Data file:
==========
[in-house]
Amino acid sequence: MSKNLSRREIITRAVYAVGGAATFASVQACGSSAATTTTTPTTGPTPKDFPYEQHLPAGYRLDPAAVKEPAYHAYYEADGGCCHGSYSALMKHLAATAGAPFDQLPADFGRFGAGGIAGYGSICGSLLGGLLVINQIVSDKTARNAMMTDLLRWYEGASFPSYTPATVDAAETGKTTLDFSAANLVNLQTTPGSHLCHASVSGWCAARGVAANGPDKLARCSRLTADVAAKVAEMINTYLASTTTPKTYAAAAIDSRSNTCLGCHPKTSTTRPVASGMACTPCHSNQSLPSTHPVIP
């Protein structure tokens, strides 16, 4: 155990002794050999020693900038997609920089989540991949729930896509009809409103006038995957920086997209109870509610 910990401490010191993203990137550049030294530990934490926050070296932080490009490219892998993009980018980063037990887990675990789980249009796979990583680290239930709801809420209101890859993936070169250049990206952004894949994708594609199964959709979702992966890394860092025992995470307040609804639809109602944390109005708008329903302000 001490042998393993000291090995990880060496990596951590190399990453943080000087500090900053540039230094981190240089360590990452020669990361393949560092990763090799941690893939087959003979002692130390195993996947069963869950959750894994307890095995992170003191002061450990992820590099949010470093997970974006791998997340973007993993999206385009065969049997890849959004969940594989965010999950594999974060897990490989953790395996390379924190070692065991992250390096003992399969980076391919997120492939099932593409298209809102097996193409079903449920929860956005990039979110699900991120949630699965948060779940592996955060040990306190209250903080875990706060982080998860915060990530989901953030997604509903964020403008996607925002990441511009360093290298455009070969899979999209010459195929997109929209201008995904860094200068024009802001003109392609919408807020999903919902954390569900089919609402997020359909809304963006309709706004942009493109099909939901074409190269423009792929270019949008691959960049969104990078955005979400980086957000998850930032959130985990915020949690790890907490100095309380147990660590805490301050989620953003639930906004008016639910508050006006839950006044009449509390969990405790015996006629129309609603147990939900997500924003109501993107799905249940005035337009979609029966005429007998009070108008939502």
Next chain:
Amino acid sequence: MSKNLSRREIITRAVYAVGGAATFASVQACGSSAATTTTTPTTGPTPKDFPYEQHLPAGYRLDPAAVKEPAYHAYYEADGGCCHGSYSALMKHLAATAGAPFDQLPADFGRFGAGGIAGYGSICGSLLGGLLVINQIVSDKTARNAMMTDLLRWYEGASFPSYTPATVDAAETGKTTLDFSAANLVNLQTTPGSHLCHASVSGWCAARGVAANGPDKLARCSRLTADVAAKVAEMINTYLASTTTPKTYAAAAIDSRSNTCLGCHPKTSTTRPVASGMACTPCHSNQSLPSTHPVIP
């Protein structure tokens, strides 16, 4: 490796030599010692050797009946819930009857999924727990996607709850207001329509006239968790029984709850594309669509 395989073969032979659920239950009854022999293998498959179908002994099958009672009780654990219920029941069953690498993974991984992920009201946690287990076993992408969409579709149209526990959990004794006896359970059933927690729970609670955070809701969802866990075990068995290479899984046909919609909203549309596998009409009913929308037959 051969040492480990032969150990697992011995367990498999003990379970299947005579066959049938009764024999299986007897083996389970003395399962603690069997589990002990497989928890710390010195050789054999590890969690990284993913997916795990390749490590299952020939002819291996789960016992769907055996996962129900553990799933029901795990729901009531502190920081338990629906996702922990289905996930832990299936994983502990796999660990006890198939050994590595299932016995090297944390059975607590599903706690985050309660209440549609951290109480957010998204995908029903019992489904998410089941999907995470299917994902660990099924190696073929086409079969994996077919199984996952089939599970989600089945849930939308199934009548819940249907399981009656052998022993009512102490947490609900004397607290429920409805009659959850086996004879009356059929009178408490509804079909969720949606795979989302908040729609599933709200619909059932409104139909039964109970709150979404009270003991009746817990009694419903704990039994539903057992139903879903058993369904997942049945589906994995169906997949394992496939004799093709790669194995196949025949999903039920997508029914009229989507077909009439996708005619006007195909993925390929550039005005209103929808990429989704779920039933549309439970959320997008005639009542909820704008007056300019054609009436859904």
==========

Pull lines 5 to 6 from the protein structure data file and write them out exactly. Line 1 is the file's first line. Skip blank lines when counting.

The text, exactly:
Amino acid sequence: MSKNLSRREIITRAVYAVGGAATFASVQACGSSAATTTTTPTTGPTPKDFPYEQHLPAGYRLDPAAVKEPAYHAYYEADGGCCHGSYSALMKHLAATAGAPFDQLPADFGRFGAGGIAGYGSICGSLLGGLLVINQIVSDKTARNAMMTDLLRWYEGASFPSYTPATVDAAETGKTTLDFSAANLVNLQTTPGSHLCHASVSGWCAARGVAANGPDKLARCSRLTADVAAKVAEMINTYLASTTTPKTYAAAAIDSRSNTCLGCHPKTSTTRPVASGMACTPCHSNQSLPSTHPVIP
């Protein structure tokens, strides 16, 4: 490796030599010692050797009946819930009857999924727990996607709850207001329509006239968790029984709850594309669509 395989073969032979659920239950009854022999293998498959179908002994099958009672009780654990219920029941069953690498993974991984992920009201946690287990076993992408969409579709149209526990959990004794006896359970059933927690729970609670955070809701969802866990075990068995290479899984046909919609909203549309596998009409009913929308037959 051969040492480990032969150990697992011995367990498999003990379970299947005579066959049938009764024999299986007897083996389970003395399962603690069997589990002990497989928890710390010195050789054999590890969690990284993913997916795990390749490590299952020939002819291996789960016992769907055996996962129900553990799933029901795990729901009531502190920081338990629906996702922990289905996930832990299936994983502990796999660990006890198939050994590595299932016995090297944390059975607590599903706690985050309660209440549609951290109480957010998204995908029903019992489904998410089941999907995470299917994902660990099924190696073929086409079969994996077919199984996952089939599970989600089945849930939308199934009548819940249907399981009656052998022993009512102490947490609900004397607290429920409805009659959850086996004879009356059929009178408490509804079909969720949606795979989302908040729609599933709200619909059932409104139909039964109970709150979404009270003991009746817990009694419903704990039994539903057992139903879903058993369904997942049945589906994995169906997949394992496939004799093709790669194995196949025949999903039920997508029914009229989507077909009439996708005619006007195909993925390929550039005005209103929808990429989704779920039933549309439970959320997008005639009542909820704008007056300019054609009436859904």